The settlement doesn’t solve all of the NCAA’s most pressing problems, however. The association faces other antitrust cases, and still has three legal challenges looming over whether athletes should be classed as employees. There are also ongoing questions about the NCAA’s ability to maintain competitive balance, as it is regularly sued over its rules, and state laws in about half the country have overridden it on athletes’ ability to profit from their name, image and likeness.

Lawyers for the plaintiffs had been publicly goading the NCAA to settle, saying it was the only way it could avoid enormous damages at trial and a complete loss of control over the future of college sports. By agreeing to resolve one of the biggest antitrust cases it has ever faced ahead of going to trial, the NCAA is overturning more than a century of tradition while avoiding a potentially ruinous financial outcome.

“It’s long overdue and a long time coming,” said Jeffrey Kessler, one of the lawyers representing the plaintiffs. “It’s finally getting really close to a system that, for the first time, will treat the athletes the way they should be treated.”

Some university leaders were less pleased with the outcome. “The settlement, though undesirable in many respects and promising only temporary stability, is necessary to avoid what would be the bankruptcy of college athletics,” said Notre Dame president Rev. John Jenkins in a statement.

The settlement comes with major financial ramifications for all of the NCAA’s members—both the richest conferences that were named as co-defendants in the class action lawsuit and the smallest leagues that rely on disbursements from the NCAA to help fund their athletic programs.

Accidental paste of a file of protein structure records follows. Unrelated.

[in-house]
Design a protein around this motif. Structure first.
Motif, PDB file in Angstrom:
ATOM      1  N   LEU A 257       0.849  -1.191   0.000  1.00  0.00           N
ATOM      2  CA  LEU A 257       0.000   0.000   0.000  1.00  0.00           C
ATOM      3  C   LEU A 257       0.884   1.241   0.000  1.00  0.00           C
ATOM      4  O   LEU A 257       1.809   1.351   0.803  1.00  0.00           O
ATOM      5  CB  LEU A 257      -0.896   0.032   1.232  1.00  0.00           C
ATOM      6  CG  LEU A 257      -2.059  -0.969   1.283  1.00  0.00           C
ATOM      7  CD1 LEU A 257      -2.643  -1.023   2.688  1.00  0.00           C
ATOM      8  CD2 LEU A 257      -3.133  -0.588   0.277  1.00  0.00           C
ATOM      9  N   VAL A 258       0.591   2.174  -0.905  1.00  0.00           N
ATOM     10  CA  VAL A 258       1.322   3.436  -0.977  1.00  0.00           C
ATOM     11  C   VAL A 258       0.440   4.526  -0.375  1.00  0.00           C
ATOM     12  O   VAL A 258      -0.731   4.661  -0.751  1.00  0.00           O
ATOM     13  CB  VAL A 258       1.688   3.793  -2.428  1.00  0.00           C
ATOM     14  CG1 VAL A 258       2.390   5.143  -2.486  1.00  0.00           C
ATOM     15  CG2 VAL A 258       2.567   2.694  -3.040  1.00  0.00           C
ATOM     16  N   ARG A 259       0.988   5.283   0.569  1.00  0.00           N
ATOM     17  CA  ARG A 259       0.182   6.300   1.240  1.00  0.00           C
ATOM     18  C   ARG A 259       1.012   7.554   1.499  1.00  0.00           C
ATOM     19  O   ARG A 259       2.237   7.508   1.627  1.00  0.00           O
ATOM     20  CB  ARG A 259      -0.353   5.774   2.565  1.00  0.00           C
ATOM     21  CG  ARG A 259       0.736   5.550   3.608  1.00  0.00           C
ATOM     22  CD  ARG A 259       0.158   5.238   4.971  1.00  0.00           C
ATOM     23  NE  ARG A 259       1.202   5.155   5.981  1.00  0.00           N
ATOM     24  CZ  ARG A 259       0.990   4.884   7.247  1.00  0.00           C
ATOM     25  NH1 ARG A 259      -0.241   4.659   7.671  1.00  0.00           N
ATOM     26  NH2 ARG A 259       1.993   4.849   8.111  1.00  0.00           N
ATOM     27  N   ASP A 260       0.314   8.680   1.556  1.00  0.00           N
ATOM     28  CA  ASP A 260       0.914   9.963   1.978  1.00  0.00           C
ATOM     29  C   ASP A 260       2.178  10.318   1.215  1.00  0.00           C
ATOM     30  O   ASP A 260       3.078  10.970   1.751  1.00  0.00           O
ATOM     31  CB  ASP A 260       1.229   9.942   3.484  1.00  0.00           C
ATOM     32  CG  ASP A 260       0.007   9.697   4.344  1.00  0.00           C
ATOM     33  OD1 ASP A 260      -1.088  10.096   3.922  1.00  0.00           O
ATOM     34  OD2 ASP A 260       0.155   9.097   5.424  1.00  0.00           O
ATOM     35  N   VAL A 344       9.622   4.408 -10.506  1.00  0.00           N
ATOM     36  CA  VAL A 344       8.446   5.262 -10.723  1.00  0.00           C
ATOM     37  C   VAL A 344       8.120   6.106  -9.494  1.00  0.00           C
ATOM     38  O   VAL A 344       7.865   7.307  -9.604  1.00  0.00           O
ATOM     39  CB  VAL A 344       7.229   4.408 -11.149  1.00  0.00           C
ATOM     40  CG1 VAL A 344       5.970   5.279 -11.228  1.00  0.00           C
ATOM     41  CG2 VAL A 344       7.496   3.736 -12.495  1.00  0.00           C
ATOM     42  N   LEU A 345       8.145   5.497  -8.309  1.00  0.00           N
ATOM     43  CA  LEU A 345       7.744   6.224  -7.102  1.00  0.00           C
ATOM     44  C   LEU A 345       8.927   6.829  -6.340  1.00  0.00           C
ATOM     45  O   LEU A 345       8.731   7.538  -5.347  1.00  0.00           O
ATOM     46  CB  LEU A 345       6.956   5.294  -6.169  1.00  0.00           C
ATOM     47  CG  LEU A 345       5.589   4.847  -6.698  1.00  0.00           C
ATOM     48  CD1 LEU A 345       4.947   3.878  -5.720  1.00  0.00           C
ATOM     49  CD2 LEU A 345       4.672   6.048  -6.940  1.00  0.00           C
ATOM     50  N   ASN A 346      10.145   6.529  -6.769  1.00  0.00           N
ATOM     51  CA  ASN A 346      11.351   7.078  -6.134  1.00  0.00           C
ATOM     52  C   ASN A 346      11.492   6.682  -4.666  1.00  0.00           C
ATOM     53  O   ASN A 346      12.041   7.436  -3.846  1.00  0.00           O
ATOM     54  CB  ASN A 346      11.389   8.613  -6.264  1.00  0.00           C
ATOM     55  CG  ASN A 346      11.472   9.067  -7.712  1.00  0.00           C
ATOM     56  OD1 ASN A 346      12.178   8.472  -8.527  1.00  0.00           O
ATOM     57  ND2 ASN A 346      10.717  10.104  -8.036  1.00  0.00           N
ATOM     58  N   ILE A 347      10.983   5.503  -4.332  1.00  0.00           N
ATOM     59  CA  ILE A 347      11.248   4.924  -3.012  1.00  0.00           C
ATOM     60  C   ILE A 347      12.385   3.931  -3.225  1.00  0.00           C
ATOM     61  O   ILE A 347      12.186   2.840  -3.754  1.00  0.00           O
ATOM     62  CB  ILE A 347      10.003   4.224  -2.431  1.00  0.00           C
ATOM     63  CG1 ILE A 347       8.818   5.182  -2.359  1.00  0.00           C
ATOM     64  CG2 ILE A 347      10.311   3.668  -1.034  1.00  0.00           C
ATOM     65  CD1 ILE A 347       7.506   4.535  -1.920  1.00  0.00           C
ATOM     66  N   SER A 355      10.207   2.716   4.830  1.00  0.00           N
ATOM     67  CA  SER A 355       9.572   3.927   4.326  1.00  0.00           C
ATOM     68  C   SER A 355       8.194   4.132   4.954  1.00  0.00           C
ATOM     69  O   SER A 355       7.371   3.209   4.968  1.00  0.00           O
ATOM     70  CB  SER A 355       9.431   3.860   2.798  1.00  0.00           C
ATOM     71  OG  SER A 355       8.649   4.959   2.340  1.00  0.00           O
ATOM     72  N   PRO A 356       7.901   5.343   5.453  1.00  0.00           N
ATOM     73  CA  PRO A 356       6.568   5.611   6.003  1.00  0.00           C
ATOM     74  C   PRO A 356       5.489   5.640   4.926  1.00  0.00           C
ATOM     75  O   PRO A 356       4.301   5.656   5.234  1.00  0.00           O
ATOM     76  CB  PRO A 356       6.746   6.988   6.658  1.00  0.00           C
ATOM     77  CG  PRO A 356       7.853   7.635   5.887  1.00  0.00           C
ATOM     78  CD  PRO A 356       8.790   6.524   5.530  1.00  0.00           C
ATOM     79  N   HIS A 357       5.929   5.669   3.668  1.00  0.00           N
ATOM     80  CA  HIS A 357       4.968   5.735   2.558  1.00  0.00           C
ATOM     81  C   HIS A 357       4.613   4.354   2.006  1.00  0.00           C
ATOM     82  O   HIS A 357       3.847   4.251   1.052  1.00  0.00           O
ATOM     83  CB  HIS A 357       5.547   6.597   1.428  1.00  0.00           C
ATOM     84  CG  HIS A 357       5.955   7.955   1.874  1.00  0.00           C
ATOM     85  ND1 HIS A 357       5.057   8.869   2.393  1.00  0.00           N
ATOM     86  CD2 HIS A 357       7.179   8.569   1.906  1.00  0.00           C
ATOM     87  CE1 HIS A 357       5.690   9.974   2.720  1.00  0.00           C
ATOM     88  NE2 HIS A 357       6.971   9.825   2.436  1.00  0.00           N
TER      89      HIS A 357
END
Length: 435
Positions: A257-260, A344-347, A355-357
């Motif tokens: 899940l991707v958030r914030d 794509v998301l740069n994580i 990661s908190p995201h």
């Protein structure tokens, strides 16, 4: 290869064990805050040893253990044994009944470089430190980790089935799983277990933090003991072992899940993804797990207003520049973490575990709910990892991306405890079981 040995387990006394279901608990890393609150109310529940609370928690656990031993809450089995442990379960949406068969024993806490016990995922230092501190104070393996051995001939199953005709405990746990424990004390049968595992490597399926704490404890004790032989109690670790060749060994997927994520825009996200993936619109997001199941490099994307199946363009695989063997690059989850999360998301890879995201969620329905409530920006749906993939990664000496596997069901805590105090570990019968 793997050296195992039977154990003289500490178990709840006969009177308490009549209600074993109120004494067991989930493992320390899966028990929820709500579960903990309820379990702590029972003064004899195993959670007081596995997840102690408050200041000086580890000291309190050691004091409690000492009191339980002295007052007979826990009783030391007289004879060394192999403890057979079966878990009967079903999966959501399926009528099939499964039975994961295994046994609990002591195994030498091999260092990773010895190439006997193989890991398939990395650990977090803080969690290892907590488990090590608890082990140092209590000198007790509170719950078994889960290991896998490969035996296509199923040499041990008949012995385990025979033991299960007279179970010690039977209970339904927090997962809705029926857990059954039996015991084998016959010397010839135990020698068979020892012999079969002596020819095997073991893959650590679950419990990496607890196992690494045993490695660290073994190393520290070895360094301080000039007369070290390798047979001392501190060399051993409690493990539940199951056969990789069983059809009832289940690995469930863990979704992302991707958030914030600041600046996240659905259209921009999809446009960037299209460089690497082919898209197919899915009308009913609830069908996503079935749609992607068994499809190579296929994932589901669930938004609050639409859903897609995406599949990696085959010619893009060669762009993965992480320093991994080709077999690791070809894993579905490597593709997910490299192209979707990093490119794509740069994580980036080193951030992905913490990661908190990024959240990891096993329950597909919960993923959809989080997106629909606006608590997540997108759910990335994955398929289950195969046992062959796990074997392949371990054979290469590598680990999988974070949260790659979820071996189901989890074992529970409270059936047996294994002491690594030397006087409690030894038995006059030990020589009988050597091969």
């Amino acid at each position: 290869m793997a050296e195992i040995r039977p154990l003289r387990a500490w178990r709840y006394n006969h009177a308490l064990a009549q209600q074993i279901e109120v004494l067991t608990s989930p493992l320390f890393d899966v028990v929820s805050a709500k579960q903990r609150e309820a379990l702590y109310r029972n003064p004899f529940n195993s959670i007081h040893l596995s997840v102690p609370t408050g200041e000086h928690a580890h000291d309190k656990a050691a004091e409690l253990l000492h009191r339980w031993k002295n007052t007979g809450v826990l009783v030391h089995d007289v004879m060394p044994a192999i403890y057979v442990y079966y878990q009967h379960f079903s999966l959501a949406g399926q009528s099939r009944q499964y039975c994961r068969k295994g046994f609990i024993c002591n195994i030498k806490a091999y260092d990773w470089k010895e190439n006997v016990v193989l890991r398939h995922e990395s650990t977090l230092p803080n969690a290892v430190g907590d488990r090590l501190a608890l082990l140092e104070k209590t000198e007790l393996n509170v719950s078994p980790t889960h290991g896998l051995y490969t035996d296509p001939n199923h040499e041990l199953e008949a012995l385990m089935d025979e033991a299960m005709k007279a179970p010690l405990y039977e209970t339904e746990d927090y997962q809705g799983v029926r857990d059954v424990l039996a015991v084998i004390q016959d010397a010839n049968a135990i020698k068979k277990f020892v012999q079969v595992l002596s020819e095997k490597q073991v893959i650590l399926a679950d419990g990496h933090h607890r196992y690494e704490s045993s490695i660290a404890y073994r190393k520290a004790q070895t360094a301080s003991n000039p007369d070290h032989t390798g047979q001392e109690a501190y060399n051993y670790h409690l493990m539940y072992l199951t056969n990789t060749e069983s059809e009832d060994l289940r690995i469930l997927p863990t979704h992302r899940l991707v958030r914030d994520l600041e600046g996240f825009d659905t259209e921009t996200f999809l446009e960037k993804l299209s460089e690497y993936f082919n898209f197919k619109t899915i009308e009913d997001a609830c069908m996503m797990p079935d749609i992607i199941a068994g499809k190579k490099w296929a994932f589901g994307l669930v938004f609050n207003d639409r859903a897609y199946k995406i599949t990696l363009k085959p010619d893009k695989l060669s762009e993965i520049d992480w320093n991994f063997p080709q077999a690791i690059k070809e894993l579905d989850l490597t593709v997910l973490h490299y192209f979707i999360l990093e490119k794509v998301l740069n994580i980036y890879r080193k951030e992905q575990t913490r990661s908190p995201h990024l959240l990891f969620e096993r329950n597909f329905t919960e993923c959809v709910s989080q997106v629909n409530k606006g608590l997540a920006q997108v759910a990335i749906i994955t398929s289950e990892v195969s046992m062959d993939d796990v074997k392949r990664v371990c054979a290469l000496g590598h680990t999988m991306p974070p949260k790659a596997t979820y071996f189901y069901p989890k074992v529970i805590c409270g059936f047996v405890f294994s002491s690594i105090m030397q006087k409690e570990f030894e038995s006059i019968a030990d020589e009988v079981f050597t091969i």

According to people familiar with the matter, there are two components to the tentative agreement. First, the NCAA has agreed to pay $2.77 billion in damages over a 10-year period. It is not clear how this sum will be distributed, though most is expected to go to football and men’s basketball players from the top five conferences.

The NCAA is funding the damages through two mechanisms. The association will fund approximately $1.2 billion of the damages from new revenue sources and savings accrued across the length of the settlement, according to a person familiar with the matter. To cover the balance, roughly $160 million per year, the NCAA will reduce its member disbursements on a proportional basis.

This has become a sticking point for many of the smaller conferences, many of which don’t sponsor big time football, and rely on the NCAA distributions to fund a larger portion of their athletic departments than powerhouse Division I schools. Several conference commissioners believe it is unfair that they have to bankroll damages that will mostly go toward former athletes from more lucrative conferences.